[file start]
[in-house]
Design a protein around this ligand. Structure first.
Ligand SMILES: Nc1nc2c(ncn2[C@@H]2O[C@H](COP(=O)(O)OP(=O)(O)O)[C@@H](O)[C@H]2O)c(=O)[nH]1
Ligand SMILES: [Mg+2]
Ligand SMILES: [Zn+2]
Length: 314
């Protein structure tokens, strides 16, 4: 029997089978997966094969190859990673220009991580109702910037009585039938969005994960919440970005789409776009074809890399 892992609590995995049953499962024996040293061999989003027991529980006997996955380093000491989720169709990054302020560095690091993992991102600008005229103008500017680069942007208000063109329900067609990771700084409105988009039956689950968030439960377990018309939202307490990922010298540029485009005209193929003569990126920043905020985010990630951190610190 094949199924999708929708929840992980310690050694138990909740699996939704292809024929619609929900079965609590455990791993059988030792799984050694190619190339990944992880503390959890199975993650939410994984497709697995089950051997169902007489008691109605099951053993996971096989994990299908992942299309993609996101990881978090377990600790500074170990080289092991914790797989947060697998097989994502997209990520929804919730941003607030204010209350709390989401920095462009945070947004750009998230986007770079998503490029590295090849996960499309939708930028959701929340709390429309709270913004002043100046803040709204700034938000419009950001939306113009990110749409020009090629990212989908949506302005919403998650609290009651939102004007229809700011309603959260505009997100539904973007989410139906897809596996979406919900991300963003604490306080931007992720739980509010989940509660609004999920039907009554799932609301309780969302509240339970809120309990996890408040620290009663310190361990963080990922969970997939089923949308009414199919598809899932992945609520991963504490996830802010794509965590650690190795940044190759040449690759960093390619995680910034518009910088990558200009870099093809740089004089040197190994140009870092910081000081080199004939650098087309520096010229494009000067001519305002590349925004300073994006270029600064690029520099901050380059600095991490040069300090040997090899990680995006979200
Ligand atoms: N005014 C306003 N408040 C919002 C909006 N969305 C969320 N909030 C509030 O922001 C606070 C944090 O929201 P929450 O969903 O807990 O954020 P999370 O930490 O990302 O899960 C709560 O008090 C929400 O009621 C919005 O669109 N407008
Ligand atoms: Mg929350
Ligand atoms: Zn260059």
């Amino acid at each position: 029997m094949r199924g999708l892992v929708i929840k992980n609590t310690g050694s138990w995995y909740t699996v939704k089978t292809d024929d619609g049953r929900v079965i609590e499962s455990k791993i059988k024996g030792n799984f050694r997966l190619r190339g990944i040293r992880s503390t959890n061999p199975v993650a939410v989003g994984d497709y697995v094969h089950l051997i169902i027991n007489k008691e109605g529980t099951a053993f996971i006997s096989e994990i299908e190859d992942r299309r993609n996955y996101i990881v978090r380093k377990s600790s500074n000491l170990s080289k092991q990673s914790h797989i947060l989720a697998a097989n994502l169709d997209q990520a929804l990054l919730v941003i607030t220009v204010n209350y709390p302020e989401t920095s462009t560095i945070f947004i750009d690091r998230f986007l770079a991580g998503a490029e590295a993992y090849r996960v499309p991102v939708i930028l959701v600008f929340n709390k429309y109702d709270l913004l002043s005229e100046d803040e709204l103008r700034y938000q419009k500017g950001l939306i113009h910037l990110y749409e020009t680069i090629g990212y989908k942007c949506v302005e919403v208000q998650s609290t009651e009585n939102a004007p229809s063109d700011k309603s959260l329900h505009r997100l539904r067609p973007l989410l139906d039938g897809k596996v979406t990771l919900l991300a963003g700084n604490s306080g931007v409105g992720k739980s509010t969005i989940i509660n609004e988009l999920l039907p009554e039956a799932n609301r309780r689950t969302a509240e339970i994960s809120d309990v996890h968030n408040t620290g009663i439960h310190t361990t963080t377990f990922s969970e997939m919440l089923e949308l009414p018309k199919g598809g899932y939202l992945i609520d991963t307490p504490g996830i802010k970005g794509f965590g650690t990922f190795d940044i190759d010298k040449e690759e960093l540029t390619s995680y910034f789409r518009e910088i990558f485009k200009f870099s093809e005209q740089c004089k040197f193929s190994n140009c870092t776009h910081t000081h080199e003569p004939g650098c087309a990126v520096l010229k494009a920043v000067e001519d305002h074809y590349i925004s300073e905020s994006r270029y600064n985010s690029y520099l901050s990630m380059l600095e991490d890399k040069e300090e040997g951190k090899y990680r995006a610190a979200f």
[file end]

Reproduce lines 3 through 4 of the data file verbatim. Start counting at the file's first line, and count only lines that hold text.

Ligand SMILES: Nc1nc2c(ncn2[C@@H]2O[C@H](COP(=O)(O)OP(=O)(O)O)[C@@H](O)[C@H]2O)c(=O)[nH]1
Ligand SMILES: [Mg+2]